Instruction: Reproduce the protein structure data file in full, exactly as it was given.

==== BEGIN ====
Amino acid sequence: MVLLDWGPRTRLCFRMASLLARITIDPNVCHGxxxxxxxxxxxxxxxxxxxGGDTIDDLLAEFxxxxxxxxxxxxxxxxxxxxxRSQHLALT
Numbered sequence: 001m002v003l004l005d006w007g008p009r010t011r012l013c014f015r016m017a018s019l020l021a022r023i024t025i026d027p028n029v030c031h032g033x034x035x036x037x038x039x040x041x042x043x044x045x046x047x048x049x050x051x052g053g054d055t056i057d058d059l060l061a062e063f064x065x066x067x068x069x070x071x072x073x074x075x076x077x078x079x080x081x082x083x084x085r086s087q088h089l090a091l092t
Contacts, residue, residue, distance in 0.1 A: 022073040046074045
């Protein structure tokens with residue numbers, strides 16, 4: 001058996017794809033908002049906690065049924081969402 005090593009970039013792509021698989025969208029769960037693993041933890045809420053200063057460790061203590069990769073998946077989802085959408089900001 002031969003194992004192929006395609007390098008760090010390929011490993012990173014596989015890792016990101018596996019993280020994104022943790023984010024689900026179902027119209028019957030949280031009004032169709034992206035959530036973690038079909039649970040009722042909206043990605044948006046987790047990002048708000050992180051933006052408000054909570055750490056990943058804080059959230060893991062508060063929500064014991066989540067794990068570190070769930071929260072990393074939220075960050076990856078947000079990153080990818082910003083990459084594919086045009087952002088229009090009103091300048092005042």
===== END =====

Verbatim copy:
Amino acid sequence: MVLLDWGPRTRLCFRMASLLARITIDPNVCHGxxxxxxxxxxxxxxxxxxxGGDTIDDLLAEFxxxxxxxxxxxxxxxxxxxxxRSQHLALT
Numbered sequence: 001m002v003l004l005d006w007g008p009r010t011r012l013c014f015r016m017a018s019l020l021a022r023i024t025i026d027p028n029v030c031h032g033x034x035x036x037x038x039x040x041x042x043x044x045x046x047x048x049x050x051x052g053g054d055t056i057d058d059l060l061a062e063f064x065x066x067x068x069x070x071x072x073x074x075x076x077x078x079x080x081x082x083x084x085r086s087q088h089l090a091l092t
Contacts, residue, residue, distance in 0.1 A: 022073040046074045
């Protein structure tokens with residue numbers, strides 16, 4: 001058996017794809033908002049906690065049924081969402 005090593009970039013792509021698989025969208029769960037693993041933890045809420053200063057460790061203590069990769073998946077989802085959408089900001 002031969003194992004192929006395609007390098008760090010390929011490993012990173014596989015890792016990101018596996019993280020994104022943790023984010024689900026179902027119209028019957030949280031009004032169709034992206035959530036973690038079909039649970040009722042909206043990605044948006046987790047990002048708000050992180051933006052408000054909570055750490056990943058804080059959230060893991062508060063929500064014991066989540067794990068570190070769930071929260072990393074939220075960050076990856078947000079990153080990818082910003083990459084594919086045009087952002088229009090009103091300048092005042």